The French Revolution began in 1789 aiming to transform France into a more liberal, equal society ruled by a constitutional monarchy. Yet by 1793 it had generated something else entirely— a system of repression and violence referred to as the Terror. While some insist that the Revolution’s culmination at this point was inevitable, others assert that key events between 1789 and 1793 set the Revolution on this particular trajectory. Siding with the latter, I argue that King Louis XVI’s attempted flight in 1791 was an incredibly significant turning point in the Revolution, as its social and political consequences played a vital role in placing the Revolution on the path toward the Terror. While it is impossible to definitively say that another event may not have triggered the Terror before 1793, it is nevertheless entirely possible to imagine the Revolution having taken a different trajectory had Louis not attempted to flee. This will be proven through an examination of the flight’s most substantial consequences— namely, change in public opinion of the King, political division and newfound support for republicanism, conspiracy obsession among deputies, and responding measures prefiguring those of the Terror.
While France was undoubtedly facing difficult challenges in the summer of 1791, many people anticipated that the Revolution was finally nearing its end, and that some stability would return as France became a functional constitutional monarchy. The National Assembly was working to combat lingering problems and instability— most concerning religion, authority, and discontent— while promoting toleration and civil resolution. New administrative and judicial systems were generally operational, support for the new regime was high among most, and although unrest and defiance certainly still existed, they were declining. As such, while conditions were far from perfect, success of the constitutional monarchy seemed conceivable. Before the King’s flight, many individuals believed a stable future was near and possible.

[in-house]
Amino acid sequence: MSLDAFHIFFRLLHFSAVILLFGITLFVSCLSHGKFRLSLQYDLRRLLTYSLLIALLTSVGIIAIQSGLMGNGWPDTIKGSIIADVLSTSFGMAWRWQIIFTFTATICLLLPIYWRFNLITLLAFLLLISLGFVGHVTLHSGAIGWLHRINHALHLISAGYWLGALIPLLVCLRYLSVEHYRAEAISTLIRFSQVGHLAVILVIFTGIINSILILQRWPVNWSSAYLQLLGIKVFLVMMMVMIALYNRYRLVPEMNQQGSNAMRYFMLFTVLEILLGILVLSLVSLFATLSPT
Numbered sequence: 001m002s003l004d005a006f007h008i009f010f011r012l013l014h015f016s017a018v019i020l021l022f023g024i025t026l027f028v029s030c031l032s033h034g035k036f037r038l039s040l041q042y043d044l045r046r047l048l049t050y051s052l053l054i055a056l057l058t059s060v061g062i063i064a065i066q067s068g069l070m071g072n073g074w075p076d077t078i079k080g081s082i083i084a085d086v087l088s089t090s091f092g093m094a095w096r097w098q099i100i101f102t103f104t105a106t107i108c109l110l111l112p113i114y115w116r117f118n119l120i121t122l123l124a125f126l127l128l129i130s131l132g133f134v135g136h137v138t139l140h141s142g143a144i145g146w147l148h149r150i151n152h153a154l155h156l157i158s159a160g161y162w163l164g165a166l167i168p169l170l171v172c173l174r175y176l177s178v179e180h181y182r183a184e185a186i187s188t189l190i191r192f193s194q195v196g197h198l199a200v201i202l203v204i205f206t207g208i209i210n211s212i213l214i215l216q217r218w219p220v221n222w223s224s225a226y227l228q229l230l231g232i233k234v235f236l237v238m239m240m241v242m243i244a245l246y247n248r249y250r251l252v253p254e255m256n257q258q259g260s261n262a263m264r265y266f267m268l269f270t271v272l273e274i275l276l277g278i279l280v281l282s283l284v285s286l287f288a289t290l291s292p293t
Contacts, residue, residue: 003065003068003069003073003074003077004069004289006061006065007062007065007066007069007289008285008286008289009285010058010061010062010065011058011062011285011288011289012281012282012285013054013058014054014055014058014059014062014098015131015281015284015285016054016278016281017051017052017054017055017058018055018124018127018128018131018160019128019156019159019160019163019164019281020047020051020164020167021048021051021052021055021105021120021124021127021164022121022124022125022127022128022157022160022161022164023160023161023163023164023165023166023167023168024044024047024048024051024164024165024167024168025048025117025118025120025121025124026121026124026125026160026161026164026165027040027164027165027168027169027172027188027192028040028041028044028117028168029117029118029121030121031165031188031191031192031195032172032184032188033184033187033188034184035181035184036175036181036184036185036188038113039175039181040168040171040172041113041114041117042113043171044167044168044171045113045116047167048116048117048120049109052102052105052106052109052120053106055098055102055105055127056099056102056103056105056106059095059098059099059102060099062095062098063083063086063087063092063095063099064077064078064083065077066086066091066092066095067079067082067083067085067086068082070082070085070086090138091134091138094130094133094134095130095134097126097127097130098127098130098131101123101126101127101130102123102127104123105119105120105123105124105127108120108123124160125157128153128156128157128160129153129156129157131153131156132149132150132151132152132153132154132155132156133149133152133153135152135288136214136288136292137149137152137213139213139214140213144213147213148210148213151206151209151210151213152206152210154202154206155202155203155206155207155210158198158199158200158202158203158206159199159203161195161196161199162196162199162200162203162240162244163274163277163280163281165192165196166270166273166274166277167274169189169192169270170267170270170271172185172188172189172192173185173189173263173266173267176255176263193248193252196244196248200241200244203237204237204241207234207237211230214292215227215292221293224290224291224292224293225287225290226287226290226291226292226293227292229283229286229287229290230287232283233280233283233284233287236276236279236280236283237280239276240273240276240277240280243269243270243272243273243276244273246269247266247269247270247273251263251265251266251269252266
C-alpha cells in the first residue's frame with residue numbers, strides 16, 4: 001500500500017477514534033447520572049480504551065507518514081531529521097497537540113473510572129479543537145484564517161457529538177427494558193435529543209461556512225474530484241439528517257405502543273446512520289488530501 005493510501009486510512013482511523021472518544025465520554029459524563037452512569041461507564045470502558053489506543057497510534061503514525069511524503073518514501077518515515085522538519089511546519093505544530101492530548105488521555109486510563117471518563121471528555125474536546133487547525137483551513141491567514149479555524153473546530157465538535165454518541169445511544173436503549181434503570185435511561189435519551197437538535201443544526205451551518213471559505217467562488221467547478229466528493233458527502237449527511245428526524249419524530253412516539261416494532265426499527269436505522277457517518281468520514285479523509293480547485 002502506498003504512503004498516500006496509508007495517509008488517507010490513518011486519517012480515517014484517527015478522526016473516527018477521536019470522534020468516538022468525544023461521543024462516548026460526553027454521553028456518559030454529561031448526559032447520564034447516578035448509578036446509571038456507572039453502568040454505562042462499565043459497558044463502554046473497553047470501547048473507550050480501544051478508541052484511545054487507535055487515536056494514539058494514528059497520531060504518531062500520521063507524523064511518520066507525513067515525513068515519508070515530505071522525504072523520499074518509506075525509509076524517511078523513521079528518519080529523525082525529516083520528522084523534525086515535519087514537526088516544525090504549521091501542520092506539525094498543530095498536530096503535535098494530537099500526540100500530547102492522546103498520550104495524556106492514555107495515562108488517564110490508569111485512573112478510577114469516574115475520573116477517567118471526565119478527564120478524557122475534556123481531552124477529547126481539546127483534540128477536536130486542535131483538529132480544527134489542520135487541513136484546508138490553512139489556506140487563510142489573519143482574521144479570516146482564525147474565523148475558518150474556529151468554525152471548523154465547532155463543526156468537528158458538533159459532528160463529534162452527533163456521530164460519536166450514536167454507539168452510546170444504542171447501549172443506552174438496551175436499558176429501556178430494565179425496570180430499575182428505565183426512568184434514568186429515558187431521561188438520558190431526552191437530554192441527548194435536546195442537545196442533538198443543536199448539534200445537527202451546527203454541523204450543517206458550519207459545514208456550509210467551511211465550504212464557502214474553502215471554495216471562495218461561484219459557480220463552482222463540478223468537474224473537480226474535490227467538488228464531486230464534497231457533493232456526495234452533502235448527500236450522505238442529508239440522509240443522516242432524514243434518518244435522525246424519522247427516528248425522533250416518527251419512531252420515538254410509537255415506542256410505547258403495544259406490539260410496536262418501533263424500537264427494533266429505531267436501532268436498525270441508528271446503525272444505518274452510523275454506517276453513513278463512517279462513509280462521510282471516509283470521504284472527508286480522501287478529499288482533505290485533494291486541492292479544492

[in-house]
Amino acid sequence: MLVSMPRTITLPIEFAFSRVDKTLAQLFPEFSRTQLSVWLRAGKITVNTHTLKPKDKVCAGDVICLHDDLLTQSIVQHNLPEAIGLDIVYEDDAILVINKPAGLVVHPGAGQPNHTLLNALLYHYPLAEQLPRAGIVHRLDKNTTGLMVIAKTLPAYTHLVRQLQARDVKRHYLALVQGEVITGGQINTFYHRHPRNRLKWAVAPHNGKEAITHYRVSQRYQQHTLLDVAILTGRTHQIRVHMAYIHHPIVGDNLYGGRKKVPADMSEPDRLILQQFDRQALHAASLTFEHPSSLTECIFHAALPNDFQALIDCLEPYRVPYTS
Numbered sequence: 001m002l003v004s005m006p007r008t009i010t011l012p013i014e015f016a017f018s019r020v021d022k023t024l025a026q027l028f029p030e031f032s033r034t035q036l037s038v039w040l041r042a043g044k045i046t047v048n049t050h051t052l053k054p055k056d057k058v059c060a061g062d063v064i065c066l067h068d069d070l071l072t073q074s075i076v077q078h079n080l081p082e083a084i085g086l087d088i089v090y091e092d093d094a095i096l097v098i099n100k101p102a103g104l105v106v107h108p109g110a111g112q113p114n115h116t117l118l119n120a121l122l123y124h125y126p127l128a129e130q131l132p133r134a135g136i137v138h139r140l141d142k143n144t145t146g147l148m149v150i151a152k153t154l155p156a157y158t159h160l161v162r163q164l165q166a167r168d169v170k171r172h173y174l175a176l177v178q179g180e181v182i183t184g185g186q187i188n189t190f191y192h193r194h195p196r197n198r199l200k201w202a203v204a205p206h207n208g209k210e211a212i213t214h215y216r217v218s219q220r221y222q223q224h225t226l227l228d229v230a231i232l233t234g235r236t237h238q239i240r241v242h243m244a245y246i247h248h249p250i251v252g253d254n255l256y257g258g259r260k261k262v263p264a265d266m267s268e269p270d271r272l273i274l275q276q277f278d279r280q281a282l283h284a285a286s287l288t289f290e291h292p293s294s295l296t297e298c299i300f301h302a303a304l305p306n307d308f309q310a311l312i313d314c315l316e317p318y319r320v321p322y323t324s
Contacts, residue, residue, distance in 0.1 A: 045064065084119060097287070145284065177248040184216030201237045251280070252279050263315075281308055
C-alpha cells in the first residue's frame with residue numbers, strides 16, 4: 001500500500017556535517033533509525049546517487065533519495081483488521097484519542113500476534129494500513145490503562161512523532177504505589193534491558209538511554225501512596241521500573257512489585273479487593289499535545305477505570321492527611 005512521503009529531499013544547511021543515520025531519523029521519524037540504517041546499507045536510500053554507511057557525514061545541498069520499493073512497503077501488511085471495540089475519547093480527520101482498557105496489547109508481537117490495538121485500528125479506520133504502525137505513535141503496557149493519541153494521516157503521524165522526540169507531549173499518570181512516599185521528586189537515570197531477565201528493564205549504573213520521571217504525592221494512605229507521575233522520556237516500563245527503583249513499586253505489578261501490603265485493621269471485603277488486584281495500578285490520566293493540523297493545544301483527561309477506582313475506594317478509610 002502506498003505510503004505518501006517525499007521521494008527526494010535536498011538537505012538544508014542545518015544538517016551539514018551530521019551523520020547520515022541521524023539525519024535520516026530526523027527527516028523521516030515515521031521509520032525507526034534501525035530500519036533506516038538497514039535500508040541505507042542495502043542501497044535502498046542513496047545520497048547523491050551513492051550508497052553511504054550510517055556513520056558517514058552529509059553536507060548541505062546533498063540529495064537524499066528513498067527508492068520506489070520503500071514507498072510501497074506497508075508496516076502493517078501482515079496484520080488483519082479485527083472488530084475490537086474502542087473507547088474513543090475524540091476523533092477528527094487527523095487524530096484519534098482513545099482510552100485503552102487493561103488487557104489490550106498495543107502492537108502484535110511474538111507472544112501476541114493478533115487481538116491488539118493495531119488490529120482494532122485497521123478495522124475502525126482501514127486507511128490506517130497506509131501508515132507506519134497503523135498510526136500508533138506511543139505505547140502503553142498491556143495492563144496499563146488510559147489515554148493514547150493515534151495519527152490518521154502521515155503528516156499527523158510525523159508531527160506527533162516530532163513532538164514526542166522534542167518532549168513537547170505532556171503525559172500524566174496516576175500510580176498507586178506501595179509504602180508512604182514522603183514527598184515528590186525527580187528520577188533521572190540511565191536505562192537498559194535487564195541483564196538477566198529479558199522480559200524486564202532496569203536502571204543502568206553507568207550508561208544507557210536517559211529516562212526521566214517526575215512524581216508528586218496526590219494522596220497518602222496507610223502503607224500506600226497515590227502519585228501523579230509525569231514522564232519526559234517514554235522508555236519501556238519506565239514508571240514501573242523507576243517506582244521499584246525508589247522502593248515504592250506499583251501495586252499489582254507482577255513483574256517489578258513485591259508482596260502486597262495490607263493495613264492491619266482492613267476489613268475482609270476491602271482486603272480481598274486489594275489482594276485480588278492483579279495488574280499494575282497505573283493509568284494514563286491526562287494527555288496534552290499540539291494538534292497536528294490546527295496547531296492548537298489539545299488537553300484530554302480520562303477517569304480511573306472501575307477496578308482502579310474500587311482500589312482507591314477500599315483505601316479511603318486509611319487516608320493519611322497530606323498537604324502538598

On the night of June 20th/21st, 1791, however, after several months of planning, King Louis XVI and his family fled Paris toward Austria. As revealed in a declaration left behind, Louis was extremely troubled by the state of France for numerous reasons, including the National Assembly’s disrespectful religious reforms, the disorder, anarchy, and instability the Revolution had generated, and the removal of essentially all of his royal powers. Yet, the attempted flight was unsuccessful. The royal family was discovered in Varennes and sent back to Paris, and the consequences of the attempt began to reverberate throughout France.
One of the flight’s most critical consequences was the abrupt change in public opinion of King Louis XVI it spawned. Since the Revolution’s start, Louis had maintained a fairly positive reputation among French citizens. When he acquired a cold, for example, he was met with an outpouring of support, and even when he...